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Sheila Simonson

REVIEW: Lady Elizabeth’s Comet by Sheila Simonson

REVIEW: Lady Elizabeth’s Comet by Sheila Simonson

Dear Mrs Simonson,

I first read “Lady Elizabeth’s Comet” a few years ago when I was lucky enough to score a copy of it through a used bookstore. Ever since then, I’ve touted its merits to those looking for intelligent heroines, beta heroes and wonderful storytelling. I’m delighted that Uncial Press has brought it out in eform and I can talk it up some more.

Did I say intelligent heroines? Lady Elizabeth Conway is one of my favorites. Her passion is astronomy yet you don’t use it as a prop to get her into silly situations from which the hero must rescue her nor to force her to act up in public in order to Make a Point. It also plays a pivotal role in whom she marries by making her open her eyes to the truth of her convenient betrothal. Ah, I never said she doesn’t make mistakes and I thank you for hers. They make her well rounded and believable with nary a hint of Mary Sue-ness. She commits some blunders, has to suffer for them and grows from the experience.

Tom Conway is a delight. He’s a man who could easily hold a grudge against Elizabeth’s father. As the man’s less than appreciated heir, he was basically forced into the Army while the Earl tried without success to father a son. And now that the man’s dead and Tom has succeeded to the Earldom, he has to deal with all the weighty problems attendant on the position as well as taking up the title of Head of the Family. Yet he never shirks his Duty or Position, dealing with it all with a wry smile on his face and even devising the perfect birthday presents for two of Elizabeth’s younger sisters. He’s man who’s not had the easiest of lives yet he never moans or acts less than a gentleman. Quiet strength is what I think of when he comes to mind.

I love the witty, dry humor of this quiet, gentle regency. You don’t rush us from Event to Event but allow the story to slowly spool out as these two fall in love. There are areas where cliches could have been introduced or used yet thankfully were not. Characters who could have been two dimensional stereotypes, bullies or idiots who instead were well done in their own right and who advanced the story without taking it over.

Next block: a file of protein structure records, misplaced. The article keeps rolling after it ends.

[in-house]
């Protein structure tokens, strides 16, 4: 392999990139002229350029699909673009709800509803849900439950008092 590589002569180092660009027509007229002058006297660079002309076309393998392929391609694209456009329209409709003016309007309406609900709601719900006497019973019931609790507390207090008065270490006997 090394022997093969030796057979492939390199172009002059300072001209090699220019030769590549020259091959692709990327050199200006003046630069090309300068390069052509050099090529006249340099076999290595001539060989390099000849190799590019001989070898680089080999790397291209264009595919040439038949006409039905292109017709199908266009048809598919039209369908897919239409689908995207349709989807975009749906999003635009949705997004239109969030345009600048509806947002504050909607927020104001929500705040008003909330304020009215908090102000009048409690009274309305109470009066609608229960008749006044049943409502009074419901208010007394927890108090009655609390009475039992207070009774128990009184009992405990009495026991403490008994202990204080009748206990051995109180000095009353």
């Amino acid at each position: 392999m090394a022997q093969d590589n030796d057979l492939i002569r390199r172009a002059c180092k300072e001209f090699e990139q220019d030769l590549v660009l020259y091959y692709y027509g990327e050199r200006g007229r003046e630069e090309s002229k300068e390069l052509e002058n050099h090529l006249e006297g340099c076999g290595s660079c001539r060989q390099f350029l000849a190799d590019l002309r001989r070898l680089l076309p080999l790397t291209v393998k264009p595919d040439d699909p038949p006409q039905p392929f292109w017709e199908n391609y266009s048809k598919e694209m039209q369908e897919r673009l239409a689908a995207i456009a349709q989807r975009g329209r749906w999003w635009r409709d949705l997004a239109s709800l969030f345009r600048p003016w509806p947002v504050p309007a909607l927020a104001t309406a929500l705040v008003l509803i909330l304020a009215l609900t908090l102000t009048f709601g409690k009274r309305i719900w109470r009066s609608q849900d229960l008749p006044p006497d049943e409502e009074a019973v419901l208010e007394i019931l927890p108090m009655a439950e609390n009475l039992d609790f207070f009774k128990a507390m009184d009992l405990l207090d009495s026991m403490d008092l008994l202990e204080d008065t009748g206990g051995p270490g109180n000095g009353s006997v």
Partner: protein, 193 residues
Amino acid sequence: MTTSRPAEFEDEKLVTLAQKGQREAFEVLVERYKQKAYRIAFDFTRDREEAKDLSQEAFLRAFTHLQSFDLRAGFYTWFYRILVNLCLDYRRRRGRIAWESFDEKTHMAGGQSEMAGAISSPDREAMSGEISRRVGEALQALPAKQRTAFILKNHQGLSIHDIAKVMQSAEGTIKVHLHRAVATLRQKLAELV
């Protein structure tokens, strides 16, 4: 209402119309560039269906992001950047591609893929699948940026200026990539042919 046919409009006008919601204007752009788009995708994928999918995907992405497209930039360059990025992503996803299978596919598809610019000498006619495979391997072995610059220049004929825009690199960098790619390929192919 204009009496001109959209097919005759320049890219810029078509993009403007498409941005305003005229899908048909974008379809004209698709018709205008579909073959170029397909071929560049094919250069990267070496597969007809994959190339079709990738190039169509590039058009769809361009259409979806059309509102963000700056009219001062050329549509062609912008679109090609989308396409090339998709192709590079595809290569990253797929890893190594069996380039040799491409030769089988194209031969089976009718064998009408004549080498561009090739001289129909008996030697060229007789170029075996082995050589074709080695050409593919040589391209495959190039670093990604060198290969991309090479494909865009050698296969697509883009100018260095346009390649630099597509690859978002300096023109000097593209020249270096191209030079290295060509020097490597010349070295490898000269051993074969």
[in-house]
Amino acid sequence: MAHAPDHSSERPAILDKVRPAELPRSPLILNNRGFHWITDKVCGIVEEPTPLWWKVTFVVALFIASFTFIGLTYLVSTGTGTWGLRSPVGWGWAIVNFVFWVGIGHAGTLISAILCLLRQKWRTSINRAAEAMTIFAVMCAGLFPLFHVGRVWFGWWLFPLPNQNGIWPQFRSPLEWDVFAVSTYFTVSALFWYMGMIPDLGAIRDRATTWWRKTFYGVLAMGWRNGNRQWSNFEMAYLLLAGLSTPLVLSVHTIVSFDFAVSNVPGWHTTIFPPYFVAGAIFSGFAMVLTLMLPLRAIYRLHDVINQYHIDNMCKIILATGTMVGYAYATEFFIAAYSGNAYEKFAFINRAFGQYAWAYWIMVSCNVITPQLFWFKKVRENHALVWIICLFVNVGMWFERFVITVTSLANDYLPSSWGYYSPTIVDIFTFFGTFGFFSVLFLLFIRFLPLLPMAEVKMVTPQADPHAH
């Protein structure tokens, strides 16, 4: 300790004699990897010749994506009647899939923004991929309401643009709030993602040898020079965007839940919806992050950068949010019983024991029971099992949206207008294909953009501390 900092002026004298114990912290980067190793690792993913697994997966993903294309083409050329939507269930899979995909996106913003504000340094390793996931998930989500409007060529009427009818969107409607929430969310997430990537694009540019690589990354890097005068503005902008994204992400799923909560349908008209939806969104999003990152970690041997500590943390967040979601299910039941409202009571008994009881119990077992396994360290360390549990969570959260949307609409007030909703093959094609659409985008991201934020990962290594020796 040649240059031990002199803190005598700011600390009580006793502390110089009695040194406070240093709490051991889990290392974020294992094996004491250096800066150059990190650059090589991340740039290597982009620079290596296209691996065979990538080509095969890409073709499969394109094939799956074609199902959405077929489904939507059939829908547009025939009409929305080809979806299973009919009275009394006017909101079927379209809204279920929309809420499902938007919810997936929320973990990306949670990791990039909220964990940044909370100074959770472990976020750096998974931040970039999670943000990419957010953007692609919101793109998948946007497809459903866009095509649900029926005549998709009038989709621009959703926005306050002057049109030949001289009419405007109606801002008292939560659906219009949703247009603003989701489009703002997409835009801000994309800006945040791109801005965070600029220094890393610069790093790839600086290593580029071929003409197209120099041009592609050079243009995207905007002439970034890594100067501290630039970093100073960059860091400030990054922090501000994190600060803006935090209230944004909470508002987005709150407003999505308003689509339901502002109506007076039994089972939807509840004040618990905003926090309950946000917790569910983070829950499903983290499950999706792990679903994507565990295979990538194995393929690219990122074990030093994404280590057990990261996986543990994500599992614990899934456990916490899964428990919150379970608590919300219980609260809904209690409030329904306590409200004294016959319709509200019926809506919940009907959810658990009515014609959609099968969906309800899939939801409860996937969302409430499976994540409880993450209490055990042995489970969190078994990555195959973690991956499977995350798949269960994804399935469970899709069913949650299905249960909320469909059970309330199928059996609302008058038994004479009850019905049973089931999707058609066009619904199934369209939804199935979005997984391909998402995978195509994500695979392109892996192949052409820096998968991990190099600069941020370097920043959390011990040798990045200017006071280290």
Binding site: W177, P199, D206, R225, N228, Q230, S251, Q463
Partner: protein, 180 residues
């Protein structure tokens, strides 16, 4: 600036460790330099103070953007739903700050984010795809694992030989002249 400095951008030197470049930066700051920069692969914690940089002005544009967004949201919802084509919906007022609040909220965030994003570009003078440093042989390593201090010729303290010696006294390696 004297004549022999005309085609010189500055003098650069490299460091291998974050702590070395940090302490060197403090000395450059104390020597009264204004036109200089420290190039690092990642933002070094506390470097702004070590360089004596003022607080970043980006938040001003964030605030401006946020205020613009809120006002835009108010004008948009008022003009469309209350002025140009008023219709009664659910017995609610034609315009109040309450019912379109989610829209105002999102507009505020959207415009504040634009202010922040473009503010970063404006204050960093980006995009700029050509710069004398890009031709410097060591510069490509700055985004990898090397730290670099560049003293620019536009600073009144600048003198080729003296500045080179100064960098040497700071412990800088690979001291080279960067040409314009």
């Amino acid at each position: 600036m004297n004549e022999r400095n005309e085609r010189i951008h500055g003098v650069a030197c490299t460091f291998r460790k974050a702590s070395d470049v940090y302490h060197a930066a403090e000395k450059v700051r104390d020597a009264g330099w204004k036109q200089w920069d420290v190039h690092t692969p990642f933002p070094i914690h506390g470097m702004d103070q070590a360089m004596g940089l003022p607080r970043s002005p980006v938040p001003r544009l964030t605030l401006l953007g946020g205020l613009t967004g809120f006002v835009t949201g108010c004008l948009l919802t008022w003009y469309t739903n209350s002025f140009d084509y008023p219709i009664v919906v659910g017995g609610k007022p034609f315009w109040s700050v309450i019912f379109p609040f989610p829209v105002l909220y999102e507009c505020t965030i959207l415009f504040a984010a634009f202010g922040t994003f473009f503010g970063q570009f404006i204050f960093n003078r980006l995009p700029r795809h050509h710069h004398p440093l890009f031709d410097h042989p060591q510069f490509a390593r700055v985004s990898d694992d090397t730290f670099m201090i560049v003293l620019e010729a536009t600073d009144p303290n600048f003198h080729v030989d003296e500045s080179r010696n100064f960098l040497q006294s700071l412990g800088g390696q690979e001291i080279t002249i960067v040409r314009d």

It’s been a few years since I last read it and it was with a little trepidation that I flicked on my ereader. Would it hold up to my rosy memories? Was it still the wonderful book I remember? Yeessss, it does and it is. A


in ebook format or from online used book sources – ISBN 0446300365

REVIEW:  Cousinly Connexion by Sheila Simonson

REVIEW: Cousinly Connexion by Sheila Simonson

Dear Mrs. Simonson,

simonson-cconnexion.jpgYou’ve only written a few Regencies yet all have been ones I’ve enjoyed. As I’ve not heard of anything new from you in years, I guess I need to look into trying some of your mysteries. For readers unfamiliar with your books, I’m glad that this one has been reissued in ebook form and hope it will inspire a new readers to try you out.

When Lady Meriden’s eldest stepson and husband die within days of each other, the estate passes to the second stepson. No one has seen him in years, yet he inherits everything, including his father’s gambling debts and guardianship of his seven siblings. Jane Ash rushes to her aunt’s aid. Months go by before the new baron comes, and Jane is left to cope with her ailing, self-dramatizing aunt and bewildered cousins, all of whom have problems. Lady Meriden alternately spoils and neglects them. Julian, the heir, has his own problems and wants nothing less than to play the heavy parent to his unknown siblings. When he does come, will he and Jane form an unexpected alliance that leads to romance?

This is a perfectly unexceptionable Regency and I loved the take off beginning on Austen’s “Persuasion.” All etiquette and rules obeyed and it has delightful characters who act responsibly, do not fling themselves into love and poo-poo attempts made to be flung by others. There are lots of characters yet I felt I got to know most of them (except for the twins and even their own relations viewed them as twin terrors). I was delighted that some cliched standard Regency characters are turned on their heads such as the younger brother Vincent who turns out not to really want to be ton Tulip and who’s perfectly happy learning estate management. And at least Jane’s father isn’t a typical absent Regency father — no he’s not in book much but he asks about Jane, writes to her often, wants her to come home and eventually fetches her and puts his foot down about her being a reclusive old maid waiting attendance on his Drama Diva sister.

I loved how Ju masterfully manages the almost overwhelming cares he’s so unexpectedly inherited. He slowly and carefully helped his siblings without taking over, making them feel too bad or resentful. And how like men not to talk and tell each other what they really feel (Vincent that he doesn’t mind not being on the town and Ju that he is grateful for his brother’s seemingly trivial help in dealing with all the estates). Sobering moments are provided
when Will Tarrant and Julian reflect on the horror of Waterloo, how badly Ju was injured and how many friends (4 out of 5, on average) they lost there. The casualty lists printed after the battle must have made even strong men weep. General Peggy Tarrant is a wonder and I’m glad Will knows how lucky he is to have her as his wife.

I truly am sorry you haven’t written more Regencies. This one is a small gem and perhaps will lead to your others being reissued in ebook form. B for “Cousinly Connexion.”


eBook Publisher: Uncial Press, Published: 2007 or available at Fictionwise.